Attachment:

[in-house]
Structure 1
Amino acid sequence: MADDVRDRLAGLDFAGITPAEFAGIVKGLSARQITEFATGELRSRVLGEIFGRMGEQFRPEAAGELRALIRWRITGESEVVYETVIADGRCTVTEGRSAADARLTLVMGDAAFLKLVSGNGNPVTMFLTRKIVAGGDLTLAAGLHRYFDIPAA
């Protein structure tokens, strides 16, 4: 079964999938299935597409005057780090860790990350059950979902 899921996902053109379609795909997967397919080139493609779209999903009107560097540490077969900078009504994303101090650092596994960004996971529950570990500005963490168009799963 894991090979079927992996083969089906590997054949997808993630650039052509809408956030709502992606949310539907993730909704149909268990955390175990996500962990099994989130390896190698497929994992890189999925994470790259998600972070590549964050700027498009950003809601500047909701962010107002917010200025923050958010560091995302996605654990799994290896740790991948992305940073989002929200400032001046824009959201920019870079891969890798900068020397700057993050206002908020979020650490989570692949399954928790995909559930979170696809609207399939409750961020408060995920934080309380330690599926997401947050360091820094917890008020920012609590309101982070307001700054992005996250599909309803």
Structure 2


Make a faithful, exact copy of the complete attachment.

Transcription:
[in-house]
Structure 1
Amino acid sequence: MADDVRDRLAGLDFAGITPAEFAGIVKGLSARQITEFATGELRSRVLGEIFGRMGEQFRPEAAGELRALIRWRITGESEVVYETVIADGRCTVTEGRSAADARLTLVMGDAAFLKLVSGNGNPVTMFLTRKIVAGGDLTLAAGLHRYFDIPAA
């Protein structure tokens, strides 16, 4: 079964999938299935597409005057780090860790990350059950979902 899921996902053109379609795909997967397919080139493609779209999903009107560097540490077969900078009504994303101090650092596994960004996971529950570990500005963490168009799963 894991090979079927992996083969089906590997054949997808993630650039052509809408956030709502992606949310539907993730909704149909268990955390175990996500962990099994989130390896190698497929994992890189999925994470790259998600972070590549964050700027498009950003809601500047909701962010107002917010200025923050958010560091995302996605654990799994290896740790991948992305940073989002929200400032001046824009959201920019870079891969890798900068020397700057993050206002908020979020650490989570692949399954928790995909559930979170696809609207399939409750961020408060995920934080309380330690599926997401947050360091820094917890008020920012609590309101982070307001700054992005996250599909309803």
Structure 2